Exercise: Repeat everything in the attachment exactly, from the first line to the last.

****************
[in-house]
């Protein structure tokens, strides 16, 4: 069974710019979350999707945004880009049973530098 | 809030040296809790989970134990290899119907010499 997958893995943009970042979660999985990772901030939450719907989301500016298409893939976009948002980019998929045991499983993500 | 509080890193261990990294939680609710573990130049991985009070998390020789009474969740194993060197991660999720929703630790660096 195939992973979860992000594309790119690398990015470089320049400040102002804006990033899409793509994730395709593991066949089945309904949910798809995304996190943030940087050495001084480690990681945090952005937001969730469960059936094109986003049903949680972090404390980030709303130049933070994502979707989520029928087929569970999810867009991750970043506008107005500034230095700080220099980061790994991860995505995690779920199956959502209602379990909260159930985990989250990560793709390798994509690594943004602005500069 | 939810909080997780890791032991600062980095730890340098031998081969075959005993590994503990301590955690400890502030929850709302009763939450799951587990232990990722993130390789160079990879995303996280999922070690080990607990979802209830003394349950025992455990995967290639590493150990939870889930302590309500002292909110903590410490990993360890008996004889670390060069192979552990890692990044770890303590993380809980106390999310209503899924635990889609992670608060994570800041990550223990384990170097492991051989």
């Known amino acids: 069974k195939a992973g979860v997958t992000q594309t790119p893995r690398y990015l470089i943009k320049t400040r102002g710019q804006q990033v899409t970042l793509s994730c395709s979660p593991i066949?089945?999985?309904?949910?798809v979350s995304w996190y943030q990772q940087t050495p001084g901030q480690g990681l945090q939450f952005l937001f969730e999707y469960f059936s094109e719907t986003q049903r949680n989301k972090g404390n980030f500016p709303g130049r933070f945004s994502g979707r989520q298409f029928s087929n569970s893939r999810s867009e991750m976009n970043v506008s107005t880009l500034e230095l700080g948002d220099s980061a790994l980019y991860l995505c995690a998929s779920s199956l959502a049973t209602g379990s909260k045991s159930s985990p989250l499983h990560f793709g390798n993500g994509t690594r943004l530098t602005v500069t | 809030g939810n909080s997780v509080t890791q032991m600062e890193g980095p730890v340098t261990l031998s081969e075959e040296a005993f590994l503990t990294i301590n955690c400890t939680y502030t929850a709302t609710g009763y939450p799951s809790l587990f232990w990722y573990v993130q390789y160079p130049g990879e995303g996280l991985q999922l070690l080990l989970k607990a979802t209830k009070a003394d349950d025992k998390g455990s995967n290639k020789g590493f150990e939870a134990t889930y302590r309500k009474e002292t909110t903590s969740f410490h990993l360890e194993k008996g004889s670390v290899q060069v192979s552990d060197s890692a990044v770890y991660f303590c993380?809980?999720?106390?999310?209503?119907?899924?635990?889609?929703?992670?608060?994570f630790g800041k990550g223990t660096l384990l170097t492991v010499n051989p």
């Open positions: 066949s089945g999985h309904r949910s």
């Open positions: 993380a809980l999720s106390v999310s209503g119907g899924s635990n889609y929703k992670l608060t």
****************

[in-house]
């Protein structure tokens, strides 16, 4: 069974710019979350999707945004880009049973530098 | 809030040296809790989970134990290899119907010499 997958893995943009970042979660999985990772901030939450719907989301500016298409893939976009948002980019998929045991499983993500 | 509080890193261990990294939680609710573990130049991985009070998390020789009474969740194993060197991660999720929703630790660096 195939992973979860992000594309790119690398990015470089320049400040102002804006990033899409793509994730395709593991066949089945309904949910798809995304996190943030940087050495001084480690990681945090952005937001969730469960059936094109986003049903949680972090404390980030709303130049933070994502979707989520029928087929569970999810867009991750970043506008107005500034230095700080220099980061790994991860995505995690779920199956959502209602379990909260159930985990989250990560793709390798994509690594943004602005500069 | 939810909080997780890791032991600062980095730890340098031998081969075959005993590994503990301590955690400890502030929850709302009763939450799951587990232990990722993130390789160079990879995303996280999922070690080990607990979802209830003394349950025992455990995967290639590493150990939870889930302590309500002292909110903590410490990993360890008996004889670390060069192979552990890692990044770890303590993380809980106390999310209503899924635990889609992670608060994570800041990550223990384990170097492991051989």
């Known amino acids: 069974k195939a992973g979860v997958t992000q594309t790119p893995r690398y990015l470089i943009k320049t400040r102002g710019q804006q990033v899409t970042l793509s994730c395709s979660p593991i066949?089945?999985?309904?949910?798809v979350s995304w996190y943030q990772q940087t050495p001084g901030q480690g990681l945090q939450f952005l937001f969730e999707y469960f059936s094109e719907t986003q049903r949680n989301k972090g404390n980030f500016p709303g130049r933070f945004s994502g979707r989520q298409f029928s087929n569970s893939r999810s867009e991750m976009n970043v506008s107005t880009l500034e230095l700080g948002d220099s980061a790994l980019y991860l995505c995690a998929s779920s199956l959502a049973t209602g379990s909260k045991s159930s985990p989250l499983h990560f793709g390798n993500g994509t690594r943004l530098t602005v500069t | 809030g939810n909080s997780v509080t890791q032991m600062e890193g980095p730890v340098t261990l031998s081969e075959e040296a005993f590994l503990t990294i301590n955690c400890t939680y502030t929850a709302t609710g009763y939450p799951s809790l587990f232990w990722y573990v993130q390789y160079p130049g990879e995303g996280l991985q999922l070690l080990l989970k607990a979802t209830k009070a003394d349950d025992k998390g455990s995967n290639k020789g590493f150990e939870a134990t889930y302590r309500k009474e002292t909110t903590s969740f410490h990993l360890e194993k008996g004889s670390v290899q060069v192979s552990d060197s890692a990044v770890y991660f303590c993380?809980?999720?106390?999310?209503?119907?899924?635990?889609?929703?992670?608060?994570f630790g800041k990550g223990t660096l384990l170097t492991v010499n051989p």
């Open positions: 066949s089945g999985h309904r949910s």
């Open positions: 993380a809980l999720s106390v999310s209503g119907g899924s635990n889609y929703k992670l608060t």